All morning I debated about whether or not I was going to venture into Rome with the three boys on my own and I felt mass gave me the confidence I needed to do so.  I really wanted to get them some cute speedo-short bathing suits and decided to go to OVS (kind of like Target, but just for clothes).  But first, coffee.  We headed into the upscale neighborhood of Prati and found a fun, artsy bar for cappuccino and breakfast treats.  Again, we were quite a curiosity and people stared and marveled as I folded up our stroller while Leo slept in the Ergo.  I love how they’re all eager to watch, but not lend a hand.  Fueled by caffeine and sugar, we headed in the opposite direction of where I was going and were on our way to OVS (thank you, Google Maps).

Total bust.  I forgot we were in Italy and it is only just now spring.  There was no sign of bathing suits.  Bummer. 

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Bubblegum may have helped me parent this morning.

The walk from the shop to the train station was about twenty minutes, but it probably took us twice as long because of how many times we were stopped.  Never have I received so many auguri, complimenti, e “sei bravavissima!” as I did today.  Mamma mia!  Every signora and her friend had a comment, a story and a compliment.  My ego was soaring and I was so proud of how well my boys behaved and really were deserving of the compliments.  Seriously, they outdid themselves.  We even had an easy time at the train station, the train ride home and had a nice lunch and naps.  I was so happy that I took a nap too!

Originally Eleonora said to come over around 4:30 so the kids could play before we had dinner, but I didn’t wake up until ten after four and the boys were still snoozing.  Luckily she said she was working at the restaurant still, so we didn’t head over until about 5:30.  The kids all played for a bit in the backyard before we headed down to Molo.  There was a party of eight Russians, some of whom worked at the Vatican, who had been there since three and they were ten bottles deep into their evening.  They were on the terrace where the kids immediately ran out to play and we were all serenaded with Russian ballads.  It was pretty awesome.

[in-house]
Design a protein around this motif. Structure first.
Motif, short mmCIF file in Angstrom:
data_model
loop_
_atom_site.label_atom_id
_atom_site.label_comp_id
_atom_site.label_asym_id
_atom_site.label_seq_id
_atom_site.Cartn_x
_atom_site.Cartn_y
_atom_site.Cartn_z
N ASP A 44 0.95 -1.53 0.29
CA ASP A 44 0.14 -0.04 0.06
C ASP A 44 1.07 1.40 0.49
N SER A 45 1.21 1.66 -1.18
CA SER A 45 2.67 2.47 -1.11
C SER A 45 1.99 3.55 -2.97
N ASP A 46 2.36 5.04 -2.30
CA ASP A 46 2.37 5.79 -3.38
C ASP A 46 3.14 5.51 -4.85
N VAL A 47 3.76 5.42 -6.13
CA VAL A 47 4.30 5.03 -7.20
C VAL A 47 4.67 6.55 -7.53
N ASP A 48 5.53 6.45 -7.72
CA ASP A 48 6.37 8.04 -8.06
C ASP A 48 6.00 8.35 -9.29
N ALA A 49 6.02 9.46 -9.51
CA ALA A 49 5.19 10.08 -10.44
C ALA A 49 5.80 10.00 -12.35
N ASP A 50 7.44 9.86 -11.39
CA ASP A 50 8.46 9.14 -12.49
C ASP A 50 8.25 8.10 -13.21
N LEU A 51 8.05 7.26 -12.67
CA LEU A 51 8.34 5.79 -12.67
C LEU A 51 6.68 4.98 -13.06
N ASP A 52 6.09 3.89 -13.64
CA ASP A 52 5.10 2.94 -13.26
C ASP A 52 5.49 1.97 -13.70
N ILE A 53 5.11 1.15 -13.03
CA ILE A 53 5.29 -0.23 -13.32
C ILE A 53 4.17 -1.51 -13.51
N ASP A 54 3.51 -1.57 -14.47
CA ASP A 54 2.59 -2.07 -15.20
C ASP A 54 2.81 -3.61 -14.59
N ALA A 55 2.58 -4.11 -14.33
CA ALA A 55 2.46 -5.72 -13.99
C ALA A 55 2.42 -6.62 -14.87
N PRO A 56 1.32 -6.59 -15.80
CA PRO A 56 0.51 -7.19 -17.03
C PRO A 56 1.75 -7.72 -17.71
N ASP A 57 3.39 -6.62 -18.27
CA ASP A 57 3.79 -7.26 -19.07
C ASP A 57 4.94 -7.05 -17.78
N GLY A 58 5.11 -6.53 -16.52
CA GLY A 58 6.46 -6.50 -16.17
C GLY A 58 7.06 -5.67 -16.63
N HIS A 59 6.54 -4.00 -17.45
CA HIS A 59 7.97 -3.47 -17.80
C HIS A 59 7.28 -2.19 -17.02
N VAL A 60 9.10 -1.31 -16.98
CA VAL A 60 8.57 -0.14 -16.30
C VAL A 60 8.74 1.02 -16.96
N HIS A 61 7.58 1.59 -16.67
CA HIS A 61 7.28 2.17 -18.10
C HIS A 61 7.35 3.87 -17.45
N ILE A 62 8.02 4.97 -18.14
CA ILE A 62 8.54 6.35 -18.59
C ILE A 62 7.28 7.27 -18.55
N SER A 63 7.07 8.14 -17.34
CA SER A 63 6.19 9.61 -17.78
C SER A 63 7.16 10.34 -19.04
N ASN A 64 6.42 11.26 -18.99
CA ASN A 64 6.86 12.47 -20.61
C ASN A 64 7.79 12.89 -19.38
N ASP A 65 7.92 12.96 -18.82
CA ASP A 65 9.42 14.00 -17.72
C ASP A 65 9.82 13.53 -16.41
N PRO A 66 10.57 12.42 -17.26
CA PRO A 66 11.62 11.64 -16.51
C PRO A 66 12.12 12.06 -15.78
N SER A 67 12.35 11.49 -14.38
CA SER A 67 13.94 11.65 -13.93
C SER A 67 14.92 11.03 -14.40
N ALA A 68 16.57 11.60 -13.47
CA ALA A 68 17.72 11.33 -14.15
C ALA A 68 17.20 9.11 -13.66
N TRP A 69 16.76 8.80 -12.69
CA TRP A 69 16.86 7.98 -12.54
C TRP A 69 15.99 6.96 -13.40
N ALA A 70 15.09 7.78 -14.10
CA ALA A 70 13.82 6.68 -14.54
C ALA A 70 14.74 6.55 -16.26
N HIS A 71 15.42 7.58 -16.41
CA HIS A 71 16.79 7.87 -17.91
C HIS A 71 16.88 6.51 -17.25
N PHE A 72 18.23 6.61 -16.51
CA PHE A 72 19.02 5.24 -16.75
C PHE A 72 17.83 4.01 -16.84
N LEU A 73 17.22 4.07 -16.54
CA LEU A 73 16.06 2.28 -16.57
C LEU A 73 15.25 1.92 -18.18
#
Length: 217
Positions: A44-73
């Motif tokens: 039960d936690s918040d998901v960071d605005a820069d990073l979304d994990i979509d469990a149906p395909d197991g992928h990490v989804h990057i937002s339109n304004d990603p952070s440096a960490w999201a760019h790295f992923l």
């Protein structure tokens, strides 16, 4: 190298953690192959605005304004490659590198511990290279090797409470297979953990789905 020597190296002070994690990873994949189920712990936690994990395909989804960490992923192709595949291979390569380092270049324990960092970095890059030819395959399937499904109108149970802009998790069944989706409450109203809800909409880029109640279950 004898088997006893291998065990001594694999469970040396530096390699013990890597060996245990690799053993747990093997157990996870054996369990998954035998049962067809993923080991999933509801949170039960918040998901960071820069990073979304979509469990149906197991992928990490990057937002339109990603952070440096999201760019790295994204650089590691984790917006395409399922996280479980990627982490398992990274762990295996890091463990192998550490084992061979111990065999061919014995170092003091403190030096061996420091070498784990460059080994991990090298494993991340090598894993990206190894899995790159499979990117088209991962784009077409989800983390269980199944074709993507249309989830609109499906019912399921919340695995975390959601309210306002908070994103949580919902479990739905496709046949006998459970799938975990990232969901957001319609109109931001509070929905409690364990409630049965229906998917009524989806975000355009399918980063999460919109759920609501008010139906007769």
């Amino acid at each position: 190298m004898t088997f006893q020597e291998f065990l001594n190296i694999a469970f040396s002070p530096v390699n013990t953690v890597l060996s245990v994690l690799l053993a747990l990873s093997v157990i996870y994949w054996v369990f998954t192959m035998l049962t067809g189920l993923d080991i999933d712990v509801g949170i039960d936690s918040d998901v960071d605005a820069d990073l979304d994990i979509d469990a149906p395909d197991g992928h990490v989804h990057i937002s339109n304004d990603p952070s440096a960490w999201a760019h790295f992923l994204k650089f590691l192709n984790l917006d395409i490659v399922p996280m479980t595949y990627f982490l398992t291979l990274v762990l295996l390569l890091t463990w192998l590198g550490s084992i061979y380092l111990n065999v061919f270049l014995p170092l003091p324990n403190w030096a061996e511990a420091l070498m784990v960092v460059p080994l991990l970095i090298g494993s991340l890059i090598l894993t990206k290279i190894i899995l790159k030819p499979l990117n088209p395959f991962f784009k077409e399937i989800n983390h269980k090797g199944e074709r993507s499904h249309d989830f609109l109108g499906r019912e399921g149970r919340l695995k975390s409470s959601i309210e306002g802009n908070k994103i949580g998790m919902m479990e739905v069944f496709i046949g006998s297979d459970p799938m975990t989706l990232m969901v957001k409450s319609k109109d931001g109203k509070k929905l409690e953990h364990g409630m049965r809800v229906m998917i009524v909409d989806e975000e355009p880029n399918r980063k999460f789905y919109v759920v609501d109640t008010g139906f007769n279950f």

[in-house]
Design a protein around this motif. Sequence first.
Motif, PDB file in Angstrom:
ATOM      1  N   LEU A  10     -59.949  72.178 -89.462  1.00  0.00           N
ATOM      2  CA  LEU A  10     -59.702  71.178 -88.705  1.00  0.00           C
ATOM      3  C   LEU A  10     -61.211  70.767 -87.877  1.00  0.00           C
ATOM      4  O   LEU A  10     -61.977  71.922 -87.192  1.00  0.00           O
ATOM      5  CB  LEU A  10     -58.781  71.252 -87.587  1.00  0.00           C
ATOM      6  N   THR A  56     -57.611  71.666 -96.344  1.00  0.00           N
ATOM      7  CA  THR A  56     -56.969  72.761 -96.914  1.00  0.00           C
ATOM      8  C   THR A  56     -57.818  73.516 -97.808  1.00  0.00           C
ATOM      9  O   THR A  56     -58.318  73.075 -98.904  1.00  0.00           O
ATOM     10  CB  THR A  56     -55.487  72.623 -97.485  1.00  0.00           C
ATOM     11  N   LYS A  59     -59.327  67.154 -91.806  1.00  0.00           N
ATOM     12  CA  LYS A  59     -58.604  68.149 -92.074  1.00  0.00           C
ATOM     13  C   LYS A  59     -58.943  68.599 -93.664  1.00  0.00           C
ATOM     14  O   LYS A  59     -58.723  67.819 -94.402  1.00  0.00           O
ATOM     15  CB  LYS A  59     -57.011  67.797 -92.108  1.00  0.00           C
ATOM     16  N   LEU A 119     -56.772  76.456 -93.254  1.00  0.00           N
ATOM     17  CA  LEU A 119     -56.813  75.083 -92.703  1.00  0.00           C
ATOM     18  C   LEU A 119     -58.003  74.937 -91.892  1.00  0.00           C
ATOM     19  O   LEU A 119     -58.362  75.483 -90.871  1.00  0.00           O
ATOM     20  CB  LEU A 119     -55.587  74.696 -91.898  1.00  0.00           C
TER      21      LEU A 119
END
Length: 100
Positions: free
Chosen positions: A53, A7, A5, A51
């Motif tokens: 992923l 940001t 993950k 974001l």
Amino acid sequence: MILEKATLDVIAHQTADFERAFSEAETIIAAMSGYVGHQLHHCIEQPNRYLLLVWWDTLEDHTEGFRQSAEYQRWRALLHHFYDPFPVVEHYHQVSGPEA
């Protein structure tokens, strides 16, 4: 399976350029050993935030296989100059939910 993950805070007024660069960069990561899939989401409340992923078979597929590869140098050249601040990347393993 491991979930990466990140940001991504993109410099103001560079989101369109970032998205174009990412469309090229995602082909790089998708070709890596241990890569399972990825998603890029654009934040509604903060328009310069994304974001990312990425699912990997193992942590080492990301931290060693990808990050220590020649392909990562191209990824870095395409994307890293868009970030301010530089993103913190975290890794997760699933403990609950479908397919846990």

Vincent taught Jude and Henry how to be waiters and the three of them showed us to our seats and took our orders.  The big boys all ordered themselves burgers and fries, pasta for the piccoli, Ryan had calamari fritti and spaghetti alle volgole and I had salmon with guacamole and grapefruit.  YUM! YUM! YUM!  Yesterday I told Ele that I we want to be patrons of their restaurant, not free-loading friends, but she assured me that this was their plan once they learned we were coming.  Her parents joined us and played babysitter a bit and we were able to sit and talk somewhat, but also roam around the restaurant and terrace as our children required or as we pleased.  While our dinner didn’t last quite as long as the Russians—who were still there after we left—but it was a nice drawn out evening that allowed the kids to play and have fun and us to enjoy our friends and good food.  Thankfully we didn’t have to say goodbye because Elenora said she’d meet us at the beach for a bit tomorrow.  We really are thankful for House Hunters International for setting us up with these friends of ours.

The walk home was fun.  Leo was chatting and singing and trying to kiss my face all over.  The boys were playing games and telling stories.  Ryan and I talked about buying property here instead of back home.  We were all feeling un po’ allegra and not wanting the feeling to end.  But the boys are now in bed, the last load of laundry is spinning and Ryan and I are gearing up for our last day here. 

On the walk from the train station to home this afternoon, we ran into the Anna picking up the boys from school.  All of our boys are feeling sad about not being able to spend much time together and having to say goodbye again.  Part of me feels really bad about doing this to them all over again, but not too bad.  They’re still still young to understand.  Sure it’s hard to say goodbye to friends, especially when you don’t know when you’ll see them again, but it’s much better to have those friends and those memories than to have never have had them all.